September 25th is National Psychotherapy Day, a day meant to raise awareness of the important work done by therapists.
- There is still a stigma about going to therapy. We’ve made some progress, but I don’t think we’ve quite beaten the “you must be crazy if you’re in therapy” rap. This stigma prevents a lot of people from seeking the help they need.
- The public has a distorted view of therapy and therapists. Therapy takes place behind closed doors, as it should, but that makes it a mystery to many people. Portrayals of therapy on TV and in movies don’t help.
- A lot of people aren’t aware of therapy’s proven, lasting effectiveness. Many people look to medication first, while therapy provides a viable option with fewer physical side effects.
If you tell someone that you are celebrating Psychotherapy Day they will probably say ‘you need your head examined’ or some other joking remark, or maybe they will say that people who can afford psychotherapy don’t need a special day.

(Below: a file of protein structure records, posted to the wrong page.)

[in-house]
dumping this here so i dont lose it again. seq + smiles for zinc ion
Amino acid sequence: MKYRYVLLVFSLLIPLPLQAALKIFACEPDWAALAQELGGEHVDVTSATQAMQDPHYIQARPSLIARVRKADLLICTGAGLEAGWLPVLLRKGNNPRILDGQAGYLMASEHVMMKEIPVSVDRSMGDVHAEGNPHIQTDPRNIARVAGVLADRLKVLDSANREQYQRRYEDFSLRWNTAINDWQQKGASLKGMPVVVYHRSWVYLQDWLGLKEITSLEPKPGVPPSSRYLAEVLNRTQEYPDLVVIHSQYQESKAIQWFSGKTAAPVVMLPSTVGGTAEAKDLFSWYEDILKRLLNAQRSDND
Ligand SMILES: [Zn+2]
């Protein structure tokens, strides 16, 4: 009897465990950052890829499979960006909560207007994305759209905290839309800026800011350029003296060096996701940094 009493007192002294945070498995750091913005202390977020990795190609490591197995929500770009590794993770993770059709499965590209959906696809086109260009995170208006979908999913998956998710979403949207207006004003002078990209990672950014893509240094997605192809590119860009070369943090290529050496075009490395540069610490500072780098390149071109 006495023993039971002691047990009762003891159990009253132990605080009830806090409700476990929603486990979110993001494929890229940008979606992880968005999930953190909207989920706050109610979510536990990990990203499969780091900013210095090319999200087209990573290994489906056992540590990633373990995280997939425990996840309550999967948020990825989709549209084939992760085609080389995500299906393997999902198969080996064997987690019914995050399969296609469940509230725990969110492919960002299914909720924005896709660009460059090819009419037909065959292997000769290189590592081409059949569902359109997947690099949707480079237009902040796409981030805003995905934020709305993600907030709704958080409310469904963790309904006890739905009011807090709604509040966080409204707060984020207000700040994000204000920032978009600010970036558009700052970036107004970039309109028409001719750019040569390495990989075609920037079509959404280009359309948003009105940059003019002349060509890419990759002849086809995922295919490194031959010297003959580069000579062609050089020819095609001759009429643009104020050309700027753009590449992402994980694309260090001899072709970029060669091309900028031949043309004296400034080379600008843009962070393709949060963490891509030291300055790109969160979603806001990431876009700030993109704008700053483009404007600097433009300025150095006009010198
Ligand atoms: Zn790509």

Psychotherapy Day was founded in 2012 by a group of professionals and students and is designed to combat misconceptions and raise awareness of the vital work that is done by therapists in helping the one in four people who suffer from mental illness as well as those with emotional problems.
The color turquoise is worn to show support for Psychotherapy Day and can be combined with their logo of a turquoise counseling chair on a black background. It is an ideal time to talk, write, read or blog about psychotherapy in order to break down stigmas and worries, to volunteer or donate to community mental health centers, and to share psychotherapy research.